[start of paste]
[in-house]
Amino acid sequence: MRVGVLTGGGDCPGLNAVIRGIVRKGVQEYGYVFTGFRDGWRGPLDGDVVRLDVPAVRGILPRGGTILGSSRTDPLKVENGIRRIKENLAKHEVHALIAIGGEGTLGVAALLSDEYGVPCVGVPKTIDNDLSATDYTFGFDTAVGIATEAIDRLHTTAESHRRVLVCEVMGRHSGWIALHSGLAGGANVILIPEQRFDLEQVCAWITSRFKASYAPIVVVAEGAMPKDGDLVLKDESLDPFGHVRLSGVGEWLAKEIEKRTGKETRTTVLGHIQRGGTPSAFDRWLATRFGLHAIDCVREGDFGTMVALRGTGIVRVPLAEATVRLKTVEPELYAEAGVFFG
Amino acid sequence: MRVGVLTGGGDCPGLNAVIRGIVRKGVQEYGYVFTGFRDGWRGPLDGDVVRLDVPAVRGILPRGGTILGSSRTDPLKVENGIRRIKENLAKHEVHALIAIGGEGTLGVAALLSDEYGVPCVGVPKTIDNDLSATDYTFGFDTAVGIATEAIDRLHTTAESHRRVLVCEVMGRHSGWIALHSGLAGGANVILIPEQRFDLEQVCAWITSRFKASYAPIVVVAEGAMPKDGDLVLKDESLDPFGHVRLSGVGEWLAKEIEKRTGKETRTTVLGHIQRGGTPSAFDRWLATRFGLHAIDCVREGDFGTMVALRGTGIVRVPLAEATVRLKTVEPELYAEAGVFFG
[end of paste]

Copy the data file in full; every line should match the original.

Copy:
[in-house]
Amino acid sequence: MRVGVLTGGGDCPGLNAVIRGIVRKGVQEYGYVFTGFRDGWRGPLDGDVVRLDVPAVRGILPRGGTILGSSRTDPLKVENGIRRIKENLAKHEVHALIAIGGEGTLGVAALLSDEYGVPCVGVPKTIDNDLSATDYTFGFDTAVGIATEAIDRLHTTAESHRRVLVCEVMGRHSGWIALHSGLAGGANVILIPEQRFDLEQVCAWITSRFKASYAPIVVVAEGAMPKDGDLVLKDESLDPFGHVRLSGVGEWLAKEIEKRTGKETRTTVLGHIQRGGTPSAFDRWLATRFGLHAIDCVREGDFGTMVALRGTGIVRVPLAEATVRLKTVEPELYAEAGVFFG
Amino acid sequence: MRVGVLTGGGDCPGLNAVIRGIVRKGVQEYGYVFTGFRDGWRGPLDGDVVRLDVPAVRGILPRGGTILGSSRTDPLKVENGIRRIKENLAKHEVHALIAIGGEGTLGVAALLSDEYGVPCVGVPKTIDNDLSATDYTFGFDTAVGIATEAIDRLHTTAESHRRVLVCEVMGRHSGWIALHSGLAGGANVILIPEQRFDLEQVCAWITSRFKASYAPIVVVAEGAMPKDGDLVLKDESLDPFGHVRLSGVGEWLAKEIEKRTGKETRTTVLGHIQRGGTPSAFDRWLATRFGLHAIDCVREGDFGTMVALRGTGIVRVPLAEATVRLKTVEPELYAEAGVFFG